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Ian Campbell

Ian Campbell

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Financing Issues and Consequences

Why read: Because mining exploration and development can be interesting to traders and investors, but those companies have no internally generated cash flow and must rely on continual new equity injections.

Commentary: If you participate, particularly as an investor, in mining exploration and development companies, you ought to read the article referenced in this commentary, and assess very carefully:

  • the amount of cash each of the companies you are invested in currently has on hand; and,

  • each company's quarterly spend rate in the context of its cash on hand.

When you do that, make certain that you understand what is being communicated by the website or other data you are taking that information from. Most, if not all, financial data providers show only the balance sheet amounts (cash on hand, short-term securities, and interest bearing debt that each company holds at its most recently reported quarter-end. That typically means that neither:

  • cash expenditures made subsequent to the most recent quarter end have been reflected in the cash position shown; nor,

  • any post-last reported quarter financings are reflected in the cash balance.

Over the past three months many people who ought to know have told me how difficult it has been and is for junior explorers and developers to raise new equity. Moreover, where companies have been successful in raising new equity, more likely than not it has been more dilutive to existing shareholders than it would have been at the beginning of 2012.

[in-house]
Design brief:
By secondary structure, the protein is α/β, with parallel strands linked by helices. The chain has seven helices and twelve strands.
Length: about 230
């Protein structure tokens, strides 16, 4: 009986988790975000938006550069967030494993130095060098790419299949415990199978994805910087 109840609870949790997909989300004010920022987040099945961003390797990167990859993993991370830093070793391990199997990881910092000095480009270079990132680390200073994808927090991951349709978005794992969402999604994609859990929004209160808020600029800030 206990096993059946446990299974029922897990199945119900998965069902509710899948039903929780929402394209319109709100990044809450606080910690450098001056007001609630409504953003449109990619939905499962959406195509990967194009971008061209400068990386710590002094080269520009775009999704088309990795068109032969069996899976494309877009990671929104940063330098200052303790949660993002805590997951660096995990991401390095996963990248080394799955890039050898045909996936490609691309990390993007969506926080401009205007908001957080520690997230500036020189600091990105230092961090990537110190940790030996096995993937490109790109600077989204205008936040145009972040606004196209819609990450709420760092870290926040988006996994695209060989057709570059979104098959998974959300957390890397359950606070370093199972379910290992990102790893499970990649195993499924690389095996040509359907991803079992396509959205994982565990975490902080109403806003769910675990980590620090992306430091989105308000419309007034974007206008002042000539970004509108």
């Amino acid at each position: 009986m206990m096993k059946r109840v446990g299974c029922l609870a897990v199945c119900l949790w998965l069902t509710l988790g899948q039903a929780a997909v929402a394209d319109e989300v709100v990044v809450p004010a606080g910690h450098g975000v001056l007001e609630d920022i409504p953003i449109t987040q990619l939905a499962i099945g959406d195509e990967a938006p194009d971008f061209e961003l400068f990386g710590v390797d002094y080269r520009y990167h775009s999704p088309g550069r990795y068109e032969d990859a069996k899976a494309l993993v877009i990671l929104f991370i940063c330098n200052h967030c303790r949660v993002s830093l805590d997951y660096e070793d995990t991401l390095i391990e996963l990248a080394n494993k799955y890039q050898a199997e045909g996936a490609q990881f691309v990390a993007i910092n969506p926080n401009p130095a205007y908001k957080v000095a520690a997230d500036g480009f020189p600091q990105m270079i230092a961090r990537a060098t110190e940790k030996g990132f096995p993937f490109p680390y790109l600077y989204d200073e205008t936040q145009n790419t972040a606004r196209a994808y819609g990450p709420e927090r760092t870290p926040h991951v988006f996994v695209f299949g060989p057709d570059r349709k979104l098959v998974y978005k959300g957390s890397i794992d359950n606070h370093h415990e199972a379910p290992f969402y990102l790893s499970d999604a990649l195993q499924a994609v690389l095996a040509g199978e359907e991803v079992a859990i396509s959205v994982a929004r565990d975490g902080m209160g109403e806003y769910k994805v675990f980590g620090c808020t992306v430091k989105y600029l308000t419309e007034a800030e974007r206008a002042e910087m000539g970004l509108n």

Because of ongoing sovereign debt and in some cases bank problems, combined with financial markets volatility and general uncertainty, if anything financing for mining exploration and development companies is likely to get worse before it gets better. There are clear short-term and long-term consequences of this:

  • short-term, exploration and development companies with inadequate cash on hand and an ultimate inability to find creative ways to finance their operations will be acquired, merged, or simply wound up;

  • if acquired or merged, absent competitive bids those transactions may well occur at what many shareholders will think to be unfair prices. In fact, the prices may simply be 'distressed prices' driven by an inability to source new financing - where the alternative is to wind up the operations;

  • in the longer term, unless those now 'cashed up' exploration companies are building from a known resources base, in the near term they had better find what initially appear to be commercially viable deposits. This is because new financings are likely to prove difficult for some time to come for companies without known 'expected to be commercial' resource targets.

Topical Reference: Miners forced to get creative as traditional financing sources dry up, from The Financial Post, July 24, 2012 - reading time 3 minutes, thinking time longer.


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